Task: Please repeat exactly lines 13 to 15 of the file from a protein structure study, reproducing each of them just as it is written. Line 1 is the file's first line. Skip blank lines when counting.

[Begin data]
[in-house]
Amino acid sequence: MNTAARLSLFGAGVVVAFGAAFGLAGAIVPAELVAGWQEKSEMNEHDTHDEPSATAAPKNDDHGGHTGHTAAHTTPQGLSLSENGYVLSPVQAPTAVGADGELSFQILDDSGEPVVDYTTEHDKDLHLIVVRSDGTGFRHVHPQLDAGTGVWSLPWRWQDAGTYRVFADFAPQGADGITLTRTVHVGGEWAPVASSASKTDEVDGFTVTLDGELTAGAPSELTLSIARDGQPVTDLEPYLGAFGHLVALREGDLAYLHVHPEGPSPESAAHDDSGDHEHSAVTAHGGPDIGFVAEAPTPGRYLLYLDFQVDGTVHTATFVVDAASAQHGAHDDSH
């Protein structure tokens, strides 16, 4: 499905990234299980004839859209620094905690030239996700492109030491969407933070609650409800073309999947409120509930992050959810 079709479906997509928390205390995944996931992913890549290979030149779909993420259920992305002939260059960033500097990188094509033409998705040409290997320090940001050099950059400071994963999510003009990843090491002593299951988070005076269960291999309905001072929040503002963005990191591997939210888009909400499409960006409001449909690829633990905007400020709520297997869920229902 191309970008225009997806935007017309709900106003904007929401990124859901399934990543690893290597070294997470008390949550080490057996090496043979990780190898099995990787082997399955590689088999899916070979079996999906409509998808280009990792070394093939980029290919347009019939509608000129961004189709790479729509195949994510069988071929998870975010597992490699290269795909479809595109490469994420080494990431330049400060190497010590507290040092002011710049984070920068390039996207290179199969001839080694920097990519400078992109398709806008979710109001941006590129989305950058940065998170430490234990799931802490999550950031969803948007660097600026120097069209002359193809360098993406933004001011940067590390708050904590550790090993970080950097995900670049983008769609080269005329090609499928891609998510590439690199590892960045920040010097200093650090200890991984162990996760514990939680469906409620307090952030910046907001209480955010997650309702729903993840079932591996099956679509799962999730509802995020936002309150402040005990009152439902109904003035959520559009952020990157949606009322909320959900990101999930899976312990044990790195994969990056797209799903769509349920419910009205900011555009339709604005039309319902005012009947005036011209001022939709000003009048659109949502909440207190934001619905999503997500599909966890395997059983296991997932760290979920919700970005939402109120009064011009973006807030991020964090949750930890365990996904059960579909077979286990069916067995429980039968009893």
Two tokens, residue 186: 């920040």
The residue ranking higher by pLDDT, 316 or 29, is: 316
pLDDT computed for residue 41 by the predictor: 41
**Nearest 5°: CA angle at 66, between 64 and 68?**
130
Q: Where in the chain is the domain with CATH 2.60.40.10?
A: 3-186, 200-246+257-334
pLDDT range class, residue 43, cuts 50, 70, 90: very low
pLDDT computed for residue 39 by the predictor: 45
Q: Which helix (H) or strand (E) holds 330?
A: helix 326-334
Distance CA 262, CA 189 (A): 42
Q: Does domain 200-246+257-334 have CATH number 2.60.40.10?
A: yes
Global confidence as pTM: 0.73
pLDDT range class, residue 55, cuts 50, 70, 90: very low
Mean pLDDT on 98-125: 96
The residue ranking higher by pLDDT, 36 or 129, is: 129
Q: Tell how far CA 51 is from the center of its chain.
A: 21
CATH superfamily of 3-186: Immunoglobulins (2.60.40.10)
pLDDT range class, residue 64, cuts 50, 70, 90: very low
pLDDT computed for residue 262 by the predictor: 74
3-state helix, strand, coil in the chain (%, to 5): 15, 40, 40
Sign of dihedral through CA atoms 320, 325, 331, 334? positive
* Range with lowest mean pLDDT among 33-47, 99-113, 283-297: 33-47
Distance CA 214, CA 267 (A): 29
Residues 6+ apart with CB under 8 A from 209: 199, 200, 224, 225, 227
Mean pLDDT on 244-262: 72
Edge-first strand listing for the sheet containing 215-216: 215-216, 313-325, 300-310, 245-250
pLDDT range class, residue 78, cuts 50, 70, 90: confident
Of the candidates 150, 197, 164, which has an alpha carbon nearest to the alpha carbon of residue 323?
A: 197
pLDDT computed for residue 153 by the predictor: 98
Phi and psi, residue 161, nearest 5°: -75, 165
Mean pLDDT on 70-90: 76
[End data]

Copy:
Q: Which helix (H) or strand (E) holds 330?
A: helix 326-334
Distance CA 262, CA 189 (A): 42